It’s exciting to move into a new home, but don’t forget that house-hunting isn’t all fun and games. You also have to brace yourself for all the responsibilities that come with buying a home, such as getting an adequate home insurance policy for your new house.
As a helpful reminder, here are some costly home insurance mistakes to avoid, especially if you’re a new homeowner.
1. Setting an unrealistic budget
It’s easy to get caught up in all the superb listings when you’re busy house-hunting, but don’t forget to do a reality check every now and then. Always make sure that you’re living within your means. Setting an unrealistic budget, be it for buying a preowned property or building a new house, will only put you in a world of headaches later down the road. Even if you’ll be putting most of the amount of the mortgage, you also have to think about all the costs that come with a more expensive house. This includes monthly expenses like electricity, taxes, and of course, insurance.
2. Not doing enough research
Before picking out the location of your new abode, it’s important to do your due diligence in researching about the area first. What are the common hazards or risks in the area? Does it often get flooded? Is it prone to earthquakes? Are there any other weather-related hazards that you should be wary about? You should know the answers to all of these questions before even thinking of moving into your prospective home, as these will tell you everything that you will need to include in your insurance coverage. That is, if you’re still willing to live in an area that’s prone to various hazards.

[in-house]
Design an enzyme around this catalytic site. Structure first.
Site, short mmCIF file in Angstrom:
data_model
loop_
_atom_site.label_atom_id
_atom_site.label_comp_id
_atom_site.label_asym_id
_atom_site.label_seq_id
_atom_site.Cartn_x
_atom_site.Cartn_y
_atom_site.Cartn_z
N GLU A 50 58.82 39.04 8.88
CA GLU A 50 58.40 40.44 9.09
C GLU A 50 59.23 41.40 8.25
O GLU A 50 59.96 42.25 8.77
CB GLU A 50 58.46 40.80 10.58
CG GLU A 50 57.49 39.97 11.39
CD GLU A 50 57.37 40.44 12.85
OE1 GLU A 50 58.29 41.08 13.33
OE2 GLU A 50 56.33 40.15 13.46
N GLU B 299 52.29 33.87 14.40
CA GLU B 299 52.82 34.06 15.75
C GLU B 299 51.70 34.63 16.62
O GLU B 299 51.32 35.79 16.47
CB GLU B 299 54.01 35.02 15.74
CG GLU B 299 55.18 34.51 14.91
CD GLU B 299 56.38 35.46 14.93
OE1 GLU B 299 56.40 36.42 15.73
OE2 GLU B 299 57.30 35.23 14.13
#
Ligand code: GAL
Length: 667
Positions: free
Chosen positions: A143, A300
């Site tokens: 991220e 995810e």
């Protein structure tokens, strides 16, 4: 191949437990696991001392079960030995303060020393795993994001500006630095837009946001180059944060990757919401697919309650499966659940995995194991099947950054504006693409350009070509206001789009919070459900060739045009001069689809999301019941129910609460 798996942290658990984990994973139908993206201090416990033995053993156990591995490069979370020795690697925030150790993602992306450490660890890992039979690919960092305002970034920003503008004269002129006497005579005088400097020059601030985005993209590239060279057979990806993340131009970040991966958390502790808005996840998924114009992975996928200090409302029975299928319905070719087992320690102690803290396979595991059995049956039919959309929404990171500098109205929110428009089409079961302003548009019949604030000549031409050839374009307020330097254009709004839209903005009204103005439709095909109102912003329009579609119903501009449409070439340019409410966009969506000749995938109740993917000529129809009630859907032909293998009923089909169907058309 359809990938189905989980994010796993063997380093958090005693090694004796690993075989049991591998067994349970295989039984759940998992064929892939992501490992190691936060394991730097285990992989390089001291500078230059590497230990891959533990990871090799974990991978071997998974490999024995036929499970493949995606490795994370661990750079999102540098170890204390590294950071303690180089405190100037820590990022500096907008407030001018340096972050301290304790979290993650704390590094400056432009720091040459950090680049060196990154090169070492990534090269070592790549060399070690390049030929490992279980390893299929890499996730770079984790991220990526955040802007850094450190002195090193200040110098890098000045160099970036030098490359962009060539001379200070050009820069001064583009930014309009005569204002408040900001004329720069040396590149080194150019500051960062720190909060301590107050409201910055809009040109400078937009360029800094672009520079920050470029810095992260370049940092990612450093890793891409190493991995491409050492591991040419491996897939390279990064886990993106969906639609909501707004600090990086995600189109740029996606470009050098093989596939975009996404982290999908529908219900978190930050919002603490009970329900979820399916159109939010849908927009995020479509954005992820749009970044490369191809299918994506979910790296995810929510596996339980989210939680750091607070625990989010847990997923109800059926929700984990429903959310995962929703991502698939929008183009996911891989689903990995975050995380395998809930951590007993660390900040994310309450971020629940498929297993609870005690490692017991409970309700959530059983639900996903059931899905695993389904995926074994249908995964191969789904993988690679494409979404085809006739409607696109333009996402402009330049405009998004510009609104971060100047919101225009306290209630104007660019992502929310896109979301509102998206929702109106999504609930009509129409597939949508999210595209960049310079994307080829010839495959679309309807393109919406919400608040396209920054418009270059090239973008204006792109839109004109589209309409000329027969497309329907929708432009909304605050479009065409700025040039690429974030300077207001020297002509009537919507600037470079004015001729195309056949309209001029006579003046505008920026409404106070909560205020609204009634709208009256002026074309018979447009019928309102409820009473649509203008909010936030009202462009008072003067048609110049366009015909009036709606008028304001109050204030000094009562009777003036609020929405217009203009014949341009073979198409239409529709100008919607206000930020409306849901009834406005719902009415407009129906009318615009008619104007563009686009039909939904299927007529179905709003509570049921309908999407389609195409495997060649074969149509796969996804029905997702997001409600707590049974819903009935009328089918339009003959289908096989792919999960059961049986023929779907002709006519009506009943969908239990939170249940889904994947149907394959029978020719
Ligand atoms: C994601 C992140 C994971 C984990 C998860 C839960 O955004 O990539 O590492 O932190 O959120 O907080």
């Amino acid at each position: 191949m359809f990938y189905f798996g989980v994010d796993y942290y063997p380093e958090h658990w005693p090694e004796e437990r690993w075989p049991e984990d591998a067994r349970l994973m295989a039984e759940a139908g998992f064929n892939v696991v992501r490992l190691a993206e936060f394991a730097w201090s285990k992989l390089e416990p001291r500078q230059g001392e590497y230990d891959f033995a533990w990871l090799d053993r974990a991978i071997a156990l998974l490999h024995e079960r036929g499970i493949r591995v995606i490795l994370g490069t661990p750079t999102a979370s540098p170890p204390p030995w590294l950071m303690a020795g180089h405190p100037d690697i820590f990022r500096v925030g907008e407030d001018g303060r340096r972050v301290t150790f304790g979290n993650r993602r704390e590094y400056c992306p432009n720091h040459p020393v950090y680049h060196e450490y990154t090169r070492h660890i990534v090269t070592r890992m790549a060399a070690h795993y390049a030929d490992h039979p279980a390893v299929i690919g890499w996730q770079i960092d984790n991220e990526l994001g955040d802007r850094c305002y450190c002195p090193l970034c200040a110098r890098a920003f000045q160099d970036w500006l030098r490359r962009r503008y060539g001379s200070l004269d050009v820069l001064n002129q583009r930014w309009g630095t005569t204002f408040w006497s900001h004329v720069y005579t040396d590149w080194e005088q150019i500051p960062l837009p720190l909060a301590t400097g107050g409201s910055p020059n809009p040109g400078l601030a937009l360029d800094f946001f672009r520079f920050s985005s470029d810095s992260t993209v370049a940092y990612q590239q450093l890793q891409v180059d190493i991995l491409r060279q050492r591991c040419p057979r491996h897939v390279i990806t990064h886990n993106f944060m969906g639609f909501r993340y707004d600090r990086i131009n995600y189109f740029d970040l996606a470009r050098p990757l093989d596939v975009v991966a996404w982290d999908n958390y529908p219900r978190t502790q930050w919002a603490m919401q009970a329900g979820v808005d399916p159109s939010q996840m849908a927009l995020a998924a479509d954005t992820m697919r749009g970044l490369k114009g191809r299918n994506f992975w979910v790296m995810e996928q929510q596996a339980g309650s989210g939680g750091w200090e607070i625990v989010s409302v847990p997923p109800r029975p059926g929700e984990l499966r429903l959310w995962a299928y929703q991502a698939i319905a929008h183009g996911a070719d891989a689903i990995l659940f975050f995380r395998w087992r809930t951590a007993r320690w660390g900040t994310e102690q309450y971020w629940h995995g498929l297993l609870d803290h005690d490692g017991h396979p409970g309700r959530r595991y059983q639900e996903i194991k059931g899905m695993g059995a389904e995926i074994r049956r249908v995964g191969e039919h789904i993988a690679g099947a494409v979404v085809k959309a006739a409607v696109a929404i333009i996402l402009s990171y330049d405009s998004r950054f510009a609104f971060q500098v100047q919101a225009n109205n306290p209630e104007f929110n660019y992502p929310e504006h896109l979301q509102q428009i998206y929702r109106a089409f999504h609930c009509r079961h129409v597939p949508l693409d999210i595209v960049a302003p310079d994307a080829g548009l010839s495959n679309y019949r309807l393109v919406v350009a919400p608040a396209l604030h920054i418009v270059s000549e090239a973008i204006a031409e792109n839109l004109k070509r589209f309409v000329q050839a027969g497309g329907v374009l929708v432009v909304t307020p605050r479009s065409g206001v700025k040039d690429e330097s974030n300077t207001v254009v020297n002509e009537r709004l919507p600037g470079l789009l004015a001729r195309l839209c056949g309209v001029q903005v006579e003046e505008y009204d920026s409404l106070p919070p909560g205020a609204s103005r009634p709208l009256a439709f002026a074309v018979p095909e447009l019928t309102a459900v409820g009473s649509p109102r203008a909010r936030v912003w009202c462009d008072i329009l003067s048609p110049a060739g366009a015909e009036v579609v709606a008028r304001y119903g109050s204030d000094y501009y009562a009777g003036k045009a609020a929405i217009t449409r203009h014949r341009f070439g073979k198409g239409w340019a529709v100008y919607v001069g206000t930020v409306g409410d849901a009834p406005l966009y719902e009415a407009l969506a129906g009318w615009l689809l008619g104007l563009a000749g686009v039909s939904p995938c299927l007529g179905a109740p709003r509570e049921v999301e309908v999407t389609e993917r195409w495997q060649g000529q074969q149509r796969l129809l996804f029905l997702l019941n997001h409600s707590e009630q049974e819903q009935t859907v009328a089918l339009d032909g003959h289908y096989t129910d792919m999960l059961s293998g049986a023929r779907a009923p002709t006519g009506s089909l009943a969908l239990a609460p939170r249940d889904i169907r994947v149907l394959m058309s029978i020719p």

3. Picking the cheapest contractor
Perhaps you already have the designs to your dream home and would like something that’s exactly to your liking. If so, hiring a construction company to build you your own home would be the best course of action. That’s completely fine, of course, but don’t make the mistake of picking the cheapest contractor to do the job for you. Always remember that there’s a reason why this certain contractor is the cheapest of them all. The workers may not be as skilled or the materials used are not as high-quality. They make not have availed liability insurance for contractors. Whatever the reason is, you’re not doing yourself a favor by cutting down costs right from the start.
Not to mention, once your insurance provider sees who the contractor is, especially if it’s a well-known cheap company, you can be quite certain that you’ll get hit with expensive premiums. After all, your insurance provider will be liable to cover any future damages – regardless if the reason is that your house was made using cheap materials and equally cheap labor.
4. Renovating too much
Your insurance premiums depend on several factors, including the location of your home and its perceived value. Unbeknownst to most, it also depends on something else: design.